In spite of the numerous setbacks, Ikarus managed to stay above the water, partially thanks to some newly conquered markets such as the one in the United Kingdom. At the very end of the eighties, Ikarus managed to export some of the 300-series models to the island, which counted as a great reference for further partnership. From 1990 to 2001, the company developed and exported three models exclusively for the UK, the last of them was designed in 2000, named the Ikarus 489 Polaris and was a very up-to-date, modern vehicle.
Ikarus never stopped developing new models, not until the very end of its existence. In 1993, the company built its first, fully low-floored model, the Ikarus 411. With this vehicle, Ikarus was among the first companies to announce such model. The first fully low-floored bus was the Van Hool A300 in 1991. Nonetheless, only a limited number of the model were produced, mainly because it was only 11 metres long, which at the time was not considered very practical. The company realised the issue and developed the successor of the model, the Ikarus 412, with 12 metres of length. On the other hand, Ikarus was the first to produce a fully low-floored articulated bus in the world. This model became the Ikarus 417, which due to its modern features was very popular at first and the German city of Wuppertal immediately ordered 17 units. The success of the model did not last long though, because it had some constant mechanical issues, resulting in only the selling of only 32 units in the next 7 years.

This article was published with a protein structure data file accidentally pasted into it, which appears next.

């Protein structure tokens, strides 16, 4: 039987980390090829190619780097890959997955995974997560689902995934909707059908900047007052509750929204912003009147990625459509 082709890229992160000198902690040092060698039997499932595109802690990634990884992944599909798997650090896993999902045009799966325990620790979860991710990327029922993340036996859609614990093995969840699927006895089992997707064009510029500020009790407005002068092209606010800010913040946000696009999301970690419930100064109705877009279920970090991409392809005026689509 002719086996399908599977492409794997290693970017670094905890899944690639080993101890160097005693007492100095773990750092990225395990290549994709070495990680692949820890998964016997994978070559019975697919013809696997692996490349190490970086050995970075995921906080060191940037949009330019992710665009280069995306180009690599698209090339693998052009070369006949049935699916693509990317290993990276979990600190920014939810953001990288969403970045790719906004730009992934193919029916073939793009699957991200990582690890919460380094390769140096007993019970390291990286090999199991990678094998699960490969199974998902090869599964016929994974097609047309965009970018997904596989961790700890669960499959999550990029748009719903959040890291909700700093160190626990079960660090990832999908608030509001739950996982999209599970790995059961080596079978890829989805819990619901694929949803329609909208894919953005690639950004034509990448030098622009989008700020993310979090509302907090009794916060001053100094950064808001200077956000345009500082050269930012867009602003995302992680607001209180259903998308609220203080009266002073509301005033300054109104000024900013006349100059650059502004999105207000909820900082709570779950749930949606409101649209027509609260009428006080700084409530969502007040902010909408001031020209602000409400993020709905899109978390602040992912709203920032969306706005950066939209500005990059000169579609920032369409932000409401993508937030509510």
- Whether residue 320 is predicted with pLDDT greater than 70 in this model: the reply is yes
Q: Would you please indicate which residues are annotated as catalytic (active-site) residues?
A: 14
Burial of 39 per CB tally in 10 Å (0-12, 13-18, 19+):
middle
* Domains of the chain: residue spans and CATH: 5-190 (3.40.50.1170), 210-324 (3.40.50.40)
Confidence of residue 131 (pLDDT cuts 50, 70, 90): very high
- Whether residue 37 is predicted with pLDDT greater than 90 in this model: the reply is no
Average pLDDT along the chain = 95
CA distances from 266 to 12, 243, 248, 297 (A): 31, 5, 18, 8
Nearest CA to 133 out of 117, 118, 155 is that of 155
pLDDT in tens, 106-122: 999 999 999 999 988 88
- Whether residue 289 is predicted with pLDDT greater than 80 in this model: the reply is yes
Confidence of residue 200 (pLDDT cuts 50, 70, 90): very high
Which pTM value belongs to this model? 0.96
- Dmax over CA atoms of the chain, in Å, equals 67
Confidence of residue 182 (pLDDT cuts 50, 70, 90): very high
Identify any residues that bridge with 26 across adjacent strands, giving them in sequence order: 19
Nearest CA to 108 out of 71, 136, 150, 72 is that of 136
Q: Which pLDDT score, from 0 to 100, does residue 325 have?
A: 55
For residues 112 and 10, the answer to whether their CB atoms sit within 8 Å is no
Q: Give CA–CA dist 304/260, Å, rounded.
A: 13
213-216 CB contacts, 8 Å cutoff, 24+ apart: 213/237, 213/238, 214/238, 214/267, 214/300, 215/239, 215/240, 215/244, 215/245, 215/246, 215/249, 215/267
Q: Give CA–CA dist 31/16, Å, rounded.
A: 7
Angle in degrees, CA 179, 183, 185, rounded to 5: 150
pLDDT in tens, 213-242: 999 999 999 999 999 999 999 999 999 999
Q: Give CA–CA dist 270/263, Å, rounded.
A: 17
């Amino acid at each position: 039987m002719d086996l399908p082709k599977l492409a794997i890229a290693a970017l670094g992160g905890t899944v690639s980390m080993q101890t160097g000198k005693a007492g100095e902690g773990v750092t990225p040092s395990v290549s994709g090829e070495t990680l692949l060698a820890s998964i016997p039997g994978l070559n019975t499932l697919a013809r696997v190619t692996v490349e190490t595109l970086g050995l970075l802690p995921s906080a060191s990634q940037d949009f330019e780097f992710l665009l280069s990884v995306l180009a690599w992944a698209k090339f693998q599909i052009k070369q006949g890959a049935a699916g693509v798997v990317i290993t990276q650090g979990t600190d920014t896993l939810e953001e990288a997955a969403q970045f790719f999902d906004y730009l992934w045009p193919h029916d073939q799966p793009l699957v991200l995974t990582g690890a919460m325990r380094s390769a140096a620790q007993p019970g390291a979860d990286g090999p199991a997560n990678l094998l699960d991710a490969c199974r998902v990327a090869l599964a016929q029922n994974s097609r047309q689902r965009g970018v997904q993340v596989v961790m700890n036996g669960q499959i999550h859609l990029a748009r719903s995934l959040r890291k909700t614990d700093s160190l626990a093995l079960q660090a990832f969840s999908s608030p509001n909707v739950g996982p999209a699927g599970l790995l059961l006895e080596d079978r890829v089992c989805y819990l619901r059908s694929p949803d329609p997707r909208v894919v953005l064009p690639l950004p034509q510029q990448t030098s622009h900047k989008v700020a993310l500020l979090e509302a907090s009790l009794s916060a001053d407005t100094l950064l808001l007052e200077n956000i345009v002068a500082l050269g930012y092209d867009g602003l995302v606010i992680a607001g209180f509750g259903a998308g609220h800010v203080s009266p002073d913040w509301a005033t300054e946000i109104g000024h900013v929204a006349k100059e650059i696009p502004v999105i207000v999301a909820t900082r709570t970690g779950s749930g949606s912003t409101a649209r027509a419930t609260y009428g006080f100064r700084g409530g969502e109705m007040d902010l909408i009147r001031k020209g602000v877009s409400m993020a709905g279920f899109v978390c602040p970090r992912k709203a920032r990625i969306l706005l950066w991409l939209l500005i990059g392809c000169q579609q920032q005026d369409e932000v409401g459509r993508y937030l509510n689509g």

In 1998, a refurbished version of the old 200-series was developed, called the Classic-series. The old models received redesigned fronts/backs and new, more efficient Rába D10 or Detroit Diesel S50 engines. The Classic-series proved to be a success, since the Eastern and Hungarian customers were glad to buy the newer versions of the familiar models, while Ikarus also gained somewhat more income on producing them.